Category - Education

1
Questions to Ask Your Child’s Teacher: the Sooner the Better
2
Playing it Safe in Bear Country: a Few Stories From the Other Side
3
Rules of the Biking Road: Hand Signals
4
Homeschool: a Year in Review
5
Why the Arts are Important
6
The First 100 Days (of Homeschooling, That Is)
7
Inauguration Day…and a Call to Action
8
A Call for Unity That Makes Sense
9
Homeschooling Ups and Downs: the First Five Weeks
10
Putting Standardized Testing in Perspective

Questions to Ask Your Child’s Teacher: the Sooner the Better

  As if summer didn’t commit its disappearing act yet again, here we are, facing down November, and I haven’t published my back-to-school post.  No, the dog didn’t eat my homework (at least not this time), and I don’t really think of myself as a procrastinator (my fault usually lies in being the opposite).  Honestly, it’s been tough adjusting to the new school year, and it still, a whole quarter down, feels like we are settling in.  Looking back, it was a bad omen when we shopped for the usual cache of No. 2 pencils (sharpened!) and three-ringed binders (four different…

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Playing it Safe in Bear Country: a Few Stories From the Other Side

  At 3 am we were awakened by a dull thumping-and-scraping coming from our garage.  In my half-awake haze I wondered why one of the kids would be up at this hour, and in the garage no less.  Then I heard slap-slap-slap-slap-slap! on the mud room door, and I realized my husband was up, making a ruckus of his own. There’s something in our garage, he said. My husband strode purposefully out of the room, and I was left confused as to where he thought he was going, if our garage was being rearranged (so it seemed) by someone who didn’t…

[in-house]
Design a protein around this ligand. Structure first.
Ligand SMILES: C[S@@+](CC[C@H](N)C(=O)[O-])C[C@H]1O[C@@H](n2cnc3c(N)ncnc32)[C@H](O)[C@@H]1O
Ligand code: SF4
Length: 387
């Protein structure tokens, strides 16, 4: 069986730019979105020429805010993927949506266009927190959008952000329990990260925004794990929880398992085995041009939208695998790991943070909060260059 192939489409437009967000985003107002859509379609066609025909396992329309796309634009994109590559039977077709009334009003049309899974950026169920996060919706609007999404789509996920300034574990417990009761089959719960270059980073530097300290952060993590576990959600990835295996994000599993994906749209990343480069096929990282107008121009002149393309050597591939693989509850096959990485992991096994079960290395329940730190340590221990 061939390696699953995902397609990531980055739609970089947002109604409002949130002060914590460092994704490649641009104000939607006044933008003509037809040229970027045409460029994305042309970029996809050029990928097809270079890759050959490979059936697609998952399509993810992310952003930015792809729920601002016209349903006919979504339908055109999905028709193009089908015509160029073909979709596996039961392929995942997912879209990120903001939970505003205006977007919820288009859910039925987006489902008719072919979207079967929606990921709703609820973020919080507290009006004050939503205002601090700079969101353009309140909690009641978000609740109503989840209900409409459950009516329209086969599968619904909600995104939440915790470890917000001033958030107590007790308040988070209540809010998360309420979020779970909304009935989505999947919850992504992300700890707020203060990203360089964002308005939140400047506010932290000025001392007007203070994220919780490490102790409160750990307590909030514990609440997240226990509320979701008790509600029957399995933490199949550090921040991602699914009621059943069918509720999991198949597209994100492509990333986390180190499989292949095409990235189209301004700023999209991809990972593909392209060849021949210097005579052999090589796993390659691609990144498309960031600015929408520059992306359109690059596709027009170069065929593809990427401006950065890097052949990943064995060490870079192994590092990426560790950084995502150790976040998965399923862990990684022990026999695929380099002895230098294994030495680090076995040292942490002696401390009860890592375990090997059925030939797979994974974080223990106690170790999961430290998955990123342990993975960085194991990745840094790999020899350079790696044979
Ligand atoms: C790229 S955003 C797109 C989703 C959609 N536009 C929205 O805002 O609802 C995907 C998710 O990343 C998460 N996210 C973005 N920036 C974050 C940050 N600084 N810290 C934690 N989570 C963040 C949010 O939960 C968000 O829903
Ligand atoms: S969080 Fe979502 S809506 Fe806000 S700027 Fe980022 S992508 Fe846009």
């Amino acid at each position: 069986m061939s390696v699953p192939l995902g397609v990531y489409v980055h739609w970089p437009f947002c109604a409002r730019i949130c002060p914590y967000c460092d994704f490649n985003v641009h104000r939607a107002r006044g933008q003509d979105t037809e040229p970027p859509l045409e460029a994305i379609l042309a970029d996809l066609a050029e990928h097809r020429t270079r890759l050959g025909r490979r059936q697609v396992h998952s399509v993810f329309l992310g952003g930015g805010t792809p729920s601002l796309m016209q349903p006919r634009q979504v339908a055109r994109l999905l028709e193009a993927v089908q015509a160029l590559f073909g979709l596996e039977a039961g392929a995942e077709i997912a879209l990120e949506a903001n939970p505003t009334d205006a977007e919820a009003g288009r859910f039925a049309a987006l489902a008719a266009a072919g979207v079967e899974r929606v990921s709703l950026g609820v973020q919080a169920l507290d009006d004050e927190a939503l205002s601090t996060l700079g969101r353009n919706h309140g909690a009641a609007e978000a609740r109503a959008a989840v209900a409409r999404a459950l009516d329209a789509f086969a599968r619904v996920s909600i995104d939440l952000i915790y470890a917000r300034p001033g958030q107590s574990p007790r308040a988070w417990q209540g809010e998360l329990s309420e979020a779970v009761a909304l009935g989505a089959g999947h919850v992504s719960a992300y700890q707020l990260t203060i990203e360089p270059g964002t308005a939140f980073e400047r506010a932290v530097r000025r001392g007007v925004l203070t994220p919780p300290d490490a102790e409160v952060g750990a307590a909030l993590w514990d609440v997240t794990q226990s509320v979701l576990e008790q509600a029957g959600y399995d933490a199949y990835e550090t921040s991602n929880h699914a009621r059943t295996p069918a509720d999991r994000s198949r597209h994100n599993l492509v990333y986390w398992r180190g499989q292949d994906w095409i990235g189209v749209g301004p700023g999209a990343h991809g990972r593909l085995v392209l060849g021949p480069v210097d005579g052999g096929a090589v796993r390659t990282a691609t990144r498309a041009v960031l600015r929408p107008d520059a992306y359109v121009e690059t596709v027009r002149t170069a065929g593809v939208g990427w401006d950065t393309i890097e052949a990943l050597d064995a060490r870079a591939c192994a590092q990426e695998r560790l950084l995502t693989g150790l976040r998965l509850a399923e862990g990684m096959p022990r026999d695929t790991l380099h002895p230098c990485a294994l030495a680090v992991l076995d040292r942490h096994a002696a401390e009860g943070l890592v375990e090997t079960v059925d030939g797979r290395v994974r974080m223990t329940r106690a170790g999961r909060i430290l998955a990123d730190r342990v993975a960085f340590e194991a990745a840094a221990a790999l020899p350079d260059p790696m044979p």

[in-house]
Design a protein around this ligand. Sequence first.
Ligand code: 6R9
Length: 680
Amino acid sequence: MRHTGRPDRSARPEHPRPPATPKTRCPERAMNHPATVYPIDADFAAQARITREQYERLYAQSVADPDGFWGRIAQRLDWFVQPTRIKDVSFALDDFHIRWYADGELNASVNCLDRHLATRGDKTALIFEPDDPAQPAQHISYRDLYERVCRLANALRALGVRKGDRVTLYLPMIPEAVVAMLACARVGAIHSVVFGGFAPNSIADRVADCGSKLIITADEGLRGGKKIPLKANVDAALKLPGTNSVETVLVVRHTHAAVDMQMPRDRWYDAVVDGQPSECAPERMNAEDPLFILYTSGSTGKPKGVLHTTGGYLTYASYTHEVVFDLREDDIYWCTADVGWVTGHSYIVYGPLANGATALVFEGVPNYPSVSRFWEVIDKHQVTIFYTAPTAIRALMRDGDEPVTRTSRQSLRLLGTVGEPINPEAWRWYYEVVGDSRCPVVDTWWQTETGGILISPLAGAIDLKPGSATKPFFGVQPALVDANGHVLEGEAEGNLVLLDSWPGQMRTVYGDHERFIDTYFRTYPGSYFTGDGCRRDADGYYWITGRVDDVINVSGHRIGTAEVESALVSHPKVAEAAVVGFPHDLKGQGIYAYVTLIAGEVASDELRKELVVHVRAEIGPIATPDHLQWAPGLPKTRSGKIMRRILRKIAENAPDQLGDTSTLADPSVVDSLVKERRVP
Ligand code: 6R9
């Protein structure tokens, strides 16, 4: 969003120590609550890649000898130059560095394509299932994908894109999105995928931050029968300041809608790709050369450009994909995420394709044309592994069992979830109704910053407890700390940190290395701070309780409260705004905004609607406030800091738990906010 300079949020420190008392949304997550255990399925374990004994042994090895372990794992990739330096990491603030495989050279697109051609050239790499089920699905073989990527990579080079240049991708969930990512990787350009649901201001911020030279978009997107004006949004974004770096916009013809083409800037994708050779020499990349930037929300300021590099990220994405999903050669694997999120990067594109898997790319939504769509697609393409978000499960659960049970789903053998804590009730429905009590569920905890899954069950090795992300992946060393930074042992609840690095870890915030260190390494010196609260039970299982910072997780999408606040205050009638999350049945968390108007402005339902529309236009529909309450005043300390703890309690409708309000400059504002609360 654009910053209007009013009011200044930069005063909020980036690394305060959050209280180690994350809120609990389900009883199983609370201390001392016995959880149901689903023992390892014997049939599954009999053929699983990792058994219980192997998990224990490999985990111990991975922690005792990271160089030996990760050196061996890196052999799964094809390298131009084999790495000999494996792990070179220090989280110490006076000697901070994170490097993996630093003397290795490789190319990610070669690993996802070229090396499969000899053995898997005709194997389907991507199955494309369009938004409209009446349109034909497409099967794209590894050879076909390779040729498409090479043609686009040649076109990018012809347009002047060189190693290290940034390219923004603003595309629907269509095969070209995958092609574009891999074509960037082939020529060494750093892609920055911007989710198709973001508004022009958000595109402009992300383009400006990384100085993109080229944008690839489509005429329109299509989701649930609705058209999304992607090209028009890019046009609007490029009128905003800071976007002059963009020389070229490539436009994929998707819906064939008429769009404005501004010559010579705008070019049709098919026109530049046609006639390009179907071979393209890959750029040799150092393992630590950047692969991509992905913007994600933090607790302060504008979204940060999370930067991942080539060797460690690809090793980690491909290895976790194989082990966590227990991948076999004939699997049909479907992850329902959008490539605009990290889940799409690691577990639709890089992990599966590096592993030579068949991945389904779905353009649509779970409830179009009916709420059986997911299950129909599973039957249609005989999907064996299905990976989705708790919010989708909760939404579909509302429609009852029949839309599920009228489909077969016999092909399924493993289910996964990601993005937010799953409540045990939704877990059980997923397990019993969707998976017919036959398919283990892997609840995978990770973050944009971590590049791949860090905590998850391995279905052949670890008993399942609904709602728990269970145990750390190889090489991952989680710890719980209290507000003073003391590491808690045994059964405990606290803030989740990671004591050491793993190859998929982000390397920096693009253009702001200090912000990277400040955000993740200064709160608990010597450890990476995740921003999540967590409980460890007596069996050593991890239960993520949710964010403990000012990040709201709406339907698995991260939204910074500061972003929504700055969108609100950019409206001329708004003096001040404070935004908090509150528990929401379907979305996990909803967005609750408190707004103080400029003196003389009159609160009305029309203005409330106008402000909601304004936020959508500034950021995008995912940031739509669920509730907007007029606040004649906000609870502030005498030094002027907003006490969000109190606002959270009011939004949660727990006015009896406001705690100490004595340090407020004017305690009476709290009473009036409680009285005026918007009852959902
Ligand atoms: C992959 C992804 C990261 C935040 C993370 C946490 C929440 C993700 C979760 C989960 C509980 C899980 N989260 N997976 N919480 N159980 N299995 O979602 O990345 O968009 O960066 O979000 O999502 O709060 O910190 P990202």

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Rules of the Biking Road: Hand Signals

    My family lives in a free-spirited town.  A place where you can’t say I’ve seen it all, but you regularly get a little closer.  Like the other day.  As my favorite barista was handing me a much-needed java, I spotted, making a bee-line across the local highway, a bicyclist pulling a child trailer. Even in my coffee-deprived state I was present enough to think OMG, that’s dangerous, then realized with relief that the trailer did not chauffeur a toddler but an oversized stuffed toy huskie.  An arthritic toy dog, who I swear had a look of frozen terror on…

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Homeschool: a Year in Review

Homeschool is out for the summer!  We did it.  We really, really did it.  175 full days.  Sometimes we hummed along without a hitch, and some days drug on.  And on.  And on.  In other words, our school year was much like a traditional one, with ups and downs.  And here are some of them: The “ups”: I got to spend lots of time with my kids.  Every day.  We haven’t spent this much time together since before the kids started all-day Kindergarten.  I feel like I know them so much better in their “tween” stage; I’ve had more time…

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Why the Arts are Important

The C scale wafts through the house from the front room, my son warming up his piano fingers for “When the Saints Go Marching In.”  He provides the background melody for the fiddle piece his brother is working through for a recital.  Then joining in is my daughter, learning the first few measures of Bach’s “Minuet I” on her violin.  It’s a discordant masterpiece.  No dueling pianos here, but rather a solo piano fending off violins attacking from two separate fronts. Whew.  Just another afternoon of music practice. I have long been a lover of the arts, having sacrificed my…